“Woah! Woah dude! What have you done?”
I know, I know. The blog feels a bit…spartan. If you’re one that followed for the last 8-ish years, you’ll notice that there is about 273 posts missing. I deleted them. I’ve deleted everything and cut down on some the content that is still around from before. And there is a very good reason for that. For the last 3 years, I barely touched this blog. There was good reason. After the transplant, it was rough trying to get back to my normal blogging mode, and writing in general. Rebounding back took a long time, and even now, you could say I’m still trying to recover from that event 6 years ago. To help get my brain back to where it was before, I decided to go back for my MFA. That just took time away and most of what I wrote was for school. Once I graduated, I only had about a month before I got sick from what we now know was lymphoma. And someday soon I’ll write a post about that, but, for brevity’s sake, let just say it was wearing. And it got to the point where I just didn’t think I could do it anymore. Thus, I posted last May I was taking an indefinite hiatus.
I put together many of the pieces of my life in that time and I now feel like I can try to getting back to some of the old habits. The problem was that, towards the end of the old version of the blog, I kept trying to reorganize and update it so many times that it was just a mess. I’m also finishing the unpacking from the move down south and I realized that sometimes it’s best to just junk stuff that is no longer useful to you. That’s what these old post really were. So, I cleaned house and starting again. And it fits with the new start that began back after the transplant. I’ve transitioned from one era of my life to another and that is what this blog will catalogue.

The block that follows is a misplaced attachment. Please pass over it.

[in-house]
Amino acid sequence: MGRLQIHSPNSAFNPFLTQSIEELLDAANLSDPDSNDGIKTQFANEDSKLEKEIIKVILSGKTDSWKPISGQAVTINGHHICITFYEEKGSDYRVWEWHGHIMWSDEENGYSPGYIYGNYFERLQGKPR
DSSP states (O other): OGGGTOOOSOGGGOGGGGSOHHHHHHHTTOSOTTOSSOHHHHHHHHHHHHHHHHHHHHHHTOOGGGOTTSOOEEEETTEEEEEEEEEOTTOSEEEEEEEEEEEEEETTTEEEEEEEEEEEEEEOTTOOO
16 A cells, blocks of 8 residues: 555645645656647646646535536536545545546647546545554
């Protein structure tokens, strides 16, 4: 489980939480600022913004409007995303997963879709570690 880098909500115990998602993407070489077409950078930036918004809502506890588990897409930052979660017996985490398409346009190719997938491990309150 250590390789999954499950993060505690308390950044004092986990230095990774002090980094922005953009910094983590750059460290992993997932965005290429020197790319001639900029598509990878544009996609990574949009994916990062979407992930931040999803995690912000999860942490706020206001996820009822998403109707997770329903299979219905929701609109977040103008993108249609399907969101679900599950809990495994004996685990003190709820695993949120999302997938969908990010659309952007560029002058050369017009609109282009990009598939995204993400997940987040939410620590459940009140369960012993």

But I know my readers well. You are smart, inquisitive folk where half your brain has concerns and other has conspiracies running through your thoughts. So why don’t I address some of those.
1.) “Isn’t it important to have an archive for new people to read and get to know you?”
This is idea I’ve heard a lot in the last decade or so, especially as a writer who must be part publicity agent. It’s a sort of “do it now, so you don’t have to do it later” idea that you’ve presented a tuned image of yourself in the case you get something published that draws people to learn more about you. But here’s the thing, this is an idea is almost antithetical to the era that devised it. Be honest, how many blogs do you actually take the time to go through their archive? I’m gonna guess a handful because you have a finite amount of time to devote to it. So, its benefit to readers is relative to your audience. I did not have that active an audience, so I have a feeling old posts aren’t going to be missed by most. In my mind, it sounds better to start fresh and try again rather than have a boondoggle of eight years of wildly random stuff (this is not to say I won’t continue to be wildly random, as that is just my nature, just better organized)
2.) “Ain’t this just a way to change yer mind on ideas like dem there politicians?”